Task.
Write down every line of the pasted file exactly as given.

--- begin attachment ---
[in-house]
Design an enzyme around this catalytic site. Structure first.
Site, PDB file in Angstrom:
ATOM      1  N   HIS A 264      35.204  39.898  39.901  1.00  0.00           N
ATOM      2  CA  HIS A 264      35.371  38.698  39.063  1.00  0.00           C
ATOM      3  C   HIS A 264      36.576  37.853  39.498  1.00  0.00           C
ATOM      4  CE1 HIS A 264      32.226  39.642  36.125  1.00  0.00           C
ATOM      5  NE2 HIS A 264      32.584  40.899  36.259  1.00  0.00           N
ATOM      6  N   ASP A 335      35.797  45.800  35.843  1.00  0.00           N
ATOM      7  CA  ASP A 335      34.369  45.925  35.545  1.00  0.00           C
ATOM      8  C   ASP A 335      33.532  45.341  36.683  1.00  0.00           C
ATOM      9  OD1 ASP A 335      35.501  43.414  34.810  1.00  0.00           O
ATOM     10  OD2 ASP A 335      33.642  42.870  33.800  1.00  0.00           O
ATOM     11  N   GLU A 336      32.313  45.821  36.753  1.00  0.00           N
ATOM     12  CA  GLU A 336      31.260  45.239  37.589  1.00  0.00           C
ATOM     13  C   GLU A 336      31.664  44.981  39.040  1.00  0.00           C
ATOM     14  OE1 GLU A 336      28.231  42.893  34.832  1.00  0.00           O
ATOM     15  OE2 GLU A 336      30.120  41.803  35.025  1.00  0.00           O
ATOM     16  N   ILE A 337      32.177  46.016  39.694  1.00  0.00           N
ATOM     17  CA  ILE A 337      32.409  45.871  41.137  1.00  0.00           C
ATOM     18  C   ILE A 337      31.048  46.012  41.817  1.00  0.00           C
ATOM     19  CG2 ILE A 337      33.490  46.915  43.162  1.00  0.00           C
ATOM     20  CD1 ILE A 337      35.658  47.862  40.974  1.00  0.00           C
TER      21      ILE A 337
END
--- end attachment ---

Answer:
[in-house]
Design an enzyme around this catalytic site. Structure first.
Site, PDB file in Angstrom:
ATOM      1  N   HIS A 264      35.204  39.898  39.901  1.00  0.00           N
ATOM      2  CA  HIS A 264      35.371  38.698  39.063  1.00  0.00           C
ATOM      3  C   HIS A 264      36.576  37.853  39.498  1.00  0.00           C
ATOM      4  CE1 HIS A 264      32.226  39.642  36.125  1.00  0.00           C
ATOM      5  NE2 HIS A 264      32.584  40.899  36.259  1.00  0.00           N
ATOM      6  N   ASP A 335      35.797  45.800  35.843  1.00  0.00           N
ATOM      7  CA  ASP A 335      34.369  45.925  35.545  1.00  0.00           C
ATOM      8  C   ASP A 335      33.532  45.341  36.683  1.00  0.00           C
ATOM      9  OD1 ASP A 335      35.501  43.414  34.810  1.00  0.00           O
ATOM     10  OD2 ASP A 335      33.642  42.870  33.800  1.00  0.00           O
ATOM     11  N   GLU A 336      32.313  45.821  36.753  1.00  0.00           N
ATOM     12  CA  GLU A 336      31.260  45.239  37.589  1.00  0.00           C
ATOM     13  C   GLU A 336      31.664  44.981  39.040  1.00  0.00           C
ATOM     14  OE1 GLU A 336      28.231  42.893  34.832  1.00  0.00           O
ATOM     15  OE2 GLU A 336      30.120  41.803  35.025  1.00  0.00           O
ATOM     16  N   ILE A 337      32.177  46.016  39.694  1.00  0.00           N
ATOM     17  CA  ILE A 337      32.409  45.871  41.137  1.00  0.00           C
ATOM     18  C   ILE A 337      31.048  46.012  41.817  1.00  0.00           C
ATOM     19  CG2 ILE A 337      33.490  46.915  43.162  1.00  0.00           C
ATOM     20  CD1 ILE A 337      35.658  47.862  40.974  1.00  0.00           C
TER      21      ILE A 337
END